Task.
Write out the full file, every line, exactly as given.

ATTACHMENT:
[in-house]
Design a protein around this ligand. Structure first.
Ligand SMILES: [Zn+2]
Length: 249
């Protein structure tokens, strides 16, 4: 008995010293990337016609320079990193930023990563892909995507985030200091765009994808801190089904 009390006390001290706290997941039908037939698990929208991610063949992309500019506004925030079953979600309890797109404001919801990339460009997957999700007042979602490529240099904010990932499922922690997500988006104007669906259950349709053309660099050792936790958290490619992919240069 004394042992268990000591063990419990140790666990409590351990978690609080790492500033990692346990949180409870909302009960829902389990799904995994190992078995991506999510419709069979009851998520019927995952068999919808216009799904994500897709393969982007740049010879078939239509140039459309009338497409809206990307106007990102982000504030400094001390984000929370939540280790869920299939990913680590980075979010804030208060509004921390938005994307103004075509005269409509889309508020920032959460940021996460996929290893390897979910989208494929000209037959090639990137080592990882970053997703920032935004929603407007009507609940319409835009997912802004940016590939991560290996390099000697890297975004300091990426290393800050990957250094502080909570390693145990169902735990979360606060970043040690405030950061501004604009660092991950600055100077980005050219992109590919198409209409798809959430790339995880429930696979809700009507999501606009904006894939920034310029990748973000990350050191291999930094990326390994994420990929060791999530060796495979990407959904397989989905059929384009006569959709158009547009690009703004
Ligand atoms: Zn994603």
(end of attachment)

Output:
[in-house]
Design a protein around this ligand. Structure first.
Ligand SMILES: [Zn+2]
Length: 249
């Protein structure tokens, strides 16, 4: 008995010293990337016609320079990193930023990563892909995507985030200091765009994808801190089904 009390006390001290706290997941039908037939698990929208991610063949992309500019506004925030079953979600309890797109404001919801990339460009997957999700007042979602490529240099904010990932499922922690997500988006104007669906259950349709053309660099050792936790958290490619992919240069 004394042992268990000591063990419990140790666990409590351990978690609080790492500033990692346990949180409870909302009960829902389990799904995994190992078995991506999510419709069979009851998520019927995952068999919808216009799904994500897709393969982007740049010879078939239509140039459309009338497409809206990307106007990102982000504030400094001390984000929370939540280790869920299939990913680590980075979010804030208060509004921390938005994307103004075509005269409509889309508020920032959460940021996460996929290893390897979910989208494929000209037959090639990137080592990882970053997703920032935004929603407007009507609940319409835009997912802004940016590939991560290996390099000697890297975004300091990426290393800050990957250094502080909570390693145990169902735990979360606060970043040690405030950061501004604009660092991950600055100077980005050219992109590919198409209409798809959430790339995880429930696979809700009507999501606009904006894939920034310029990748973000990350050191291999930094990326390994994420990929060791999530060796495979990407959904397989989905059929384009006569959709158009547009690009703004
Ligand atoms: Zn994603």